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Universal Health Coverage: The Promise of Definite Results in an Indefinite World

November 18, 2013

By Jeremiah Norris

In the run-up to the Affordable Care Act (ACA) in 2010, there was frequent comment across media channels that the United States was the only developed country that didn’t have a universal health coverage system. The British National Health Service (NHS) was mentioned as a template and presented as a cohesive, single payer-system which provided comprehensive services, free at point of service.  Though it underwent vast changes, its original moment was held in amber by the same media outlets which declined to mention how the NHS had progressed into a pluralistic system reflective of its contemporary environment.  If US policy-makers had taken note, they would have understood that what is enacted today can be dramatically altered tomorrow by emerging societal imperatives.

During the premiership of Margaret Thatcher, 1979-1990, the government established the “internal market,” in which these reforms were enacted:

  • the NHS can purchase care for the citizenry from independently-run hospitals;
  • inefficient hospitals can be driven out of the NHS system due to competition;
  • private chains now run more than 100 hospitals that were formerly NHS;
  • General Practitioners, dentists, etc. now bill their private services to the NHS;
  • patients are assessed co- payments at points of service, e.g., optometry, etc.;
  • and, there must be competing bids on specific NHS services.

The British Union Provident Association (BUPA) puts to rest the notion that NHS is a single payer system. BUPA, a private health insurance carrier and provider of healthcare services, now enrolls 23% the British population. Although this cohort can opt out of the NHS, they nonetheless continue to pay general taxes for its support. In effect, the NHS is used by BUPA members as a secondary carrier, often for high-end catastrophic care.

A significant portion of the U.S. population is already in a single payer system, e.g., Medicare (52.3m), Medicaid (57.5m), and the Veterans Administration (8.8m), for a total of 118.6 million patients, consuming some 48% of national health expenditures.

Two key drivers of ACA were the 47 million that were uninsured, and pre-existing conditions. In 2012, the Federal Poverty Level (FPL) was $23,050.  The FPL doesn’t include the value of food stamps, nor subsidized housing, education and healthcare. The Kaiser Family Foundation determined that 11.3 million were at the 250% – 400% of FPL. For whatever reason, they choose not to purchase health insurance. In many cases employer-sponsored health care was offered at their places of work but they declined to pay a portion of the monthly premium. Of the 35.3 million at the 100% – 249% of FPL, many were eligible for Medicaid but failed to enroll due to stigma, a reluctance to fully disclose their assets, or simply not knowing that they were eligible for its benefits.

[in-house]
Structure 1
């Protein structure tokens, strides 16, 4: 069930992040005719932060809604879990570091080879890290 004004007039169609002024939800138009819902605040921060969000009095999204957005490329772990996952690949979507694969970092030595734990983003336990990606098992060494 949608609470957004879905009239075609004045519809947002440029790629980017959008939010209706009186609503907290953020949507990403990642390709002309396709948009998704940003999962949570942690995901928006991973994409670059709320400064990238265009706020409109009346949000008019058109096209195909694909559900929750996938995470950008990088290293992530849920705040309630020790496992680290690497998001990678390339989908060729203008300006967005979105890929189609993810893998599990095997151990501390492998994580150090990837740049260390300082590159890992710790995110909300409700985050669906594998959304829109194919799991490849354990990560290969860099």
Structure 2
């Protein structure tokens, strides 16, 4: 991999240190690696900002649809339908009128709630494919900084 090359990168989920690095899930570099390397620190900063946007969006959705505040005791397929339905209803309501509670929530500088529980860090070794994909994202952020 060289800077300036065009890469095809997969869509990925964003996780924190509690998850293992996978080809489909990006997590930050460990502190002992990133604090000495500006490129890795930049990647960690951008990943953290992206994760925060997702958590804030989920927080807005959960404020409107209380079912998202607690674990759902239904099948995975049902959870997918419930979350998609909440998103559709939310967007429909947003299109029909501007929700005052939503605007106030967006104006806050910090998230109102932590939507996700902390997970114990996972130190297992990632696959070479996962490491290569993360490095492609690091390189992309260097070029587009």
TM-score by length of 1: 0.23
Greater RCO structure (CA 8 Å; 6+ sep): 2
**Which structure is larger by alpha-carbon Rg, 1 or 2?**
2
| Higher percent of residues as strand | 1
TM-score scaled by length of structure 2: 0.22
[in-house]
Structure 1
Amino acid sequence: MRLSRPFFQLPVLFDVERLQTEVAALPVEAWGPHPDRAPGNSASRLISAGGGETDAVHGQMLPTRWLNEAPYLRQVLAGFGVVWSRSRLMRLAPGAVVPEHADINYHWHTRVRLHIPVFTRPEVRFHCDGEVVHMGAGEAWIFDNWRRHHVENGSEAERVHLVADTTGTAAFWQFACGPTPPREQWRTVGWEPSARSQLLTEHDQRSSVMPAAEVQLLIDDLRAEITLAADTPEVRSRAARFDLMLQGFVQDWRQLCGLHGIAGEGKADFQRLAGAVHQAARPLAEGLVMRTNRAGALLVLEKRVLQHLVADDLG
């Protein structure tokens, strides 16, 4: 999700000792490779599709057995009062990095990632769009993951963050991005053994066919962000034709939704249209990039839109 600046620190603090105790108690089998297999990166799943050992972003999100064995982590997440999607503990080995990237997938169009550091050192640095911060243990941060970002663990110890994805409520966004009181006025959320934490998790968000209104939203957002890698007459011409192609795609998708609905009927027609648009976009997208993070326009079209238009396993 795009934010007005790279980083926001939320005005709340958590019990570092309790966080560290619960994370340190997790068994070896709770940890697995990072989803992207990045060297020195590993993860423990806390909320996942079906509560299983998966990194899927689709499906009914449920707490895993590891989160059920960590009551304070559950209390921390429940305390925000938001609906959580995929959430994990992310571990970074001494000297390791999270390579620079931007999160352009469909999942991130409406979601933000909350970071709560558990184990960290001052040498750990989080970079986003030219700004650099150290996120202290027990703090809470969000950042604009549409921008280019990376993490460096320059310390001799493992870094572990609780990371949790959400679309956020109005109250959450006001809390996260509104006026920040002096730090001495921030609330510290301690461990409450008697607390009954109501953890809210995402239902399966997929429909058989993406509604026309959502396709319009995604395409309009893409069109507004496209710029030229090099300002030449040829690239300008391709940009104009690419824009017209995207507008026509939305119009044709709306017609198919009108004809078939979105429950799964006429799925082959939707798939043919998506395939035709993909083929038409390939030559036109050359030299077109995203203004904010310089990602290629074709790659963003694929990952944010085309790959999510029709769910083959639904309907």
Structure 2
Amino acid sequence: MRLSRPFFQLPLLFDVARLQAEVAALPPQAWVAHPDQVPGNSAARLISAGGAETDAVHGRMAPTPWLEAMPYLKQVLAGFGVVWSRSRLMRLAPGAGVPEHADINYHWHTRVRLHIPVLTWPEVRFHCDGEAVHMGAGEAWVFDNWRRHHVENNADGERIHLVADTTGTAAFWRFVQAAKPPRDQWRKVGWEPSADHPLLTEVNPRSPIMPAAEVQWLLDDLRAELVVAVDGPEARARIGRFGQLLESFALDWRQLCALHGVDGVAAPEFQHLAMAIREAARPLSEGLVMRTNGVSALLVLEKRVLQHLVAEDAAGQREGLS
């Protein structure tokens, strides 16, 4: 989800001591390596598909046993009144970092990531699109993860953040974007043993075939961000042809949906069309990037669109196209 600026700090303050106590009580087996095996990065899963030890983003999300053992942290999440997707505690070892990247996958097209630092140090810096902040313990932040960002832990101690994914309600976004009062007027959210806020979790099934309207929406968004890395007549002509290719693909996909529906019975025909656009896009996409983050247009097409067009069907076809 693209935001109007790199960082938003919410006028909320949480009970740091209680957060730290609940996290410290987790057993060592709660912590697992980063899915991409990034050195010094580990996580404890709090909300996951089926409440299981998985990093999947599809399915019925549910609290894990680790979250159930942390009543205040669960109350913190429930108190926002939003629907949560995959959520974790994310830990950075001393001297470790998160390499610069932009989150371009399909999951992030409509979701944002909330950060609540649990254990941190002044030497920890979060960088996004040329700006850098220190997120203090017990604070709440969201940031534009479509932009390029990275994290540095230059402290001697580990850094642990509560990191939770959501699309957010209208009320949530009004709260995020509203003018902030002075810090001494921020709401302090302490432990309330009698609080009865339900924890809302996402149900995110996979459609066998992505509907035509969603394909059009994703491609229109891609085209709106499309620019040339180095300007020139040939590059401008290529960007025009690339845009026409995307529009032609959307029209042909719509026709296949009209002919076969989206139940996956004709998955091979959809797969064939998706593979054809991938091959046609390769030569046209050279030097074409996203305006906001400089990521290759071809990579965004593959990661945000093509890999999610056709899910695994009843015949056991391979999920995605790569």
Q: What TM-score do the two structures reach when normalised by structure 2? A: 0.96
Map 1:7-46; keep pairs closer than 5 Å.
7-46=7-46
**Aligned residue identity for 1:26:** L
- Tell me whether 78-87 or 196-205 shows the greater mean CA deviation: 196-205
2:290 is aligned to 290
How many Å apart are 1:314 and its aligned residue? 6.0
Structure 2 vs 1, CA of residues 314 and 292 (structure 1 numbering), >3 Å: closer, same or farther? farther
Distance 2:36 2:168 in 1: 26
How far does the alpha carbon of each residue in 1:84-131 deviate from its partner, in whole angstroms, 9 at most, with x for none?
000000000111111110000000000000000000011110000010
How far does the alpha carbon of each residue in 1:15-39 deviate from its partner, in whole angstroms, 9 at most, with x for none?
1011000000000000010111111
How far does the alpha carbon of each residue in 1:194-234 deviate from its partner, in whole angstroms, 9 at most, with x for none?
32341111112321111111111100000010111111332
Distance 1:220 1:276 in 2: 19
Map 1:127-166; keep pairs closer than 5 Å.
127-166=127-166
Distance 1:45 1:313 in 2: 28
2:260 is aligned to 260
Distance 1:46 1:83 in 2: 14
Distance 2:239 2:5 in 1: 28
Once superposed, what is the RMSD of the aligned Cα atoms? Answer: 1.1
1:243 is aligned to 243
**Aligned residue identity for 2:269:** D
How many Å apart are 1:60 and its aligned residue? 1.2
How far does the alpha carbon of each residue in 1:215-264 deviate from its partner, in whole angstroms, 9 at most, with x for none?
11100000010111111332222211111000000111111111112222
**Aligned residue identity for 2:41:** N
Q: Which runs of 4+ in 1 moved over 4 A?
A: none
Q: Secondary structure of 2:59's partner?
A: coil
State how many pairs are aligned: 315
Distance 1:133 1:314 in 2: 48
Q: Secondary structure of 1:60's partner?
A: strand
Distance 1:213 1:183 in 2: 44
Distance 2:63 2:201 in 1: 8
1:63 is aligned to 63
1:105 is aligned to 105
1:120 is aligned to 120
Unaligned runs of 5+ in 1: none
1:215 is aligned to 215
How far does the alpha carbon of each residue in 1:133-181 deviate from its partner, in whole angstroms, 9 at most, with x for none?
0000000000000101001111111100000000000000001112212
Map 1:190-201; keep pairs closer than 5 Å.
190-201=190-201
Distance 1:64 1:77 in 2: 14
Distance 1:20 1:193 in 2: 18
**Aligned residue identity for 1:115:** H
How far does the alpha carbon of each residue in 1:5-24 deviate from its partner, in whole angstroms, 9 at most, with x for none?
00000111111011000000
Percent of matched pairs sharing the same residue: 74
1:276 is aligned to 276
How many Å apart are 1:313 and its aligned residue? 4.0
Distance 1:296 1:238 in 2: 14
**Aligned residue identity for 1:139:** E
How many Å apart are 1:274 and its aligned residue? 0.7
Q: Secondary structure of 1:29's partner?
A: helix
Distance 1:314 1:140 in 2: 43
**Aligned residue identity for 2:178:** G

On pre-existing conditions, this country faced a similar problem with immunizations more than two decades ago. There is no vaccine that is 100% free of adverse reactions by an extremely small cohort of those being immunized. This led to many highly expensive legal court cases, forcing several US vaccine manufacturers out of business.

In 1988, the National Childhood Vaccine Injury Act created the National Vaccine Injury Compensation Program (VICP). It is a no-fault alternative to the traditional tort system of resolving vaccine claims that provides compensation to people found to be injured by certain vaccines. The U.S. Court of Federal Claims decides who will be paid. It is funded by a $0.75 tax on single dose vaccines and Trivalent vaccines are taxed at $2.25.

Pre-existing conditions represent an issue that could have been addressed in the same manner as vaccine injuries by building on the 35 states that now run High Risk Insurance Plans for persons that cannot otherwise buy this form of insurance.  A national risk pool could be formed, one that removes the expensive tort system from the fiscal liabilities associated with adverse outcomes. Every health policy could carry a tax that is assessed at points of service to cover pre-existing conditions, with the government serving as the payer of last resort for catastrophic care.

Programs enacted by one Administration tend to be changed by political imperatives in follow-on Administrations.  When Social Security was enacted in 1935, and Medicare in 1965, they were designed for a specific population group, mainly those aged 65+.  During subsequent Administrations, key amendments were enacted through Social Security: 1) Disability Insurance; 2) Supplemental Security Income; 3) End Stage Renal Disease; and 4) Medicare Prescription Drug Benefits. Millions of deserving beneficiaries enter these programs well under the age of 65, some as infants.

Now, it is posited that entitlement programs like SS and Medicare, have to be reformed due to future unfunded liabilities–without thought to the fact that had they sustained their original purposes, then these institutions would be solvent into the foreseeable future.

In a similar fashion to the NHS which promised definite results in 1948, the ACA will soon encounter an indefinite world of political expediency by future Administrations. As in the past, their choices to continue any previously funded program will be limited when faced with uncharted obligations. They will have to raise taxes, mainly through increased premiums or higher deductibles and co-pays, or reduce benefits—usually both.

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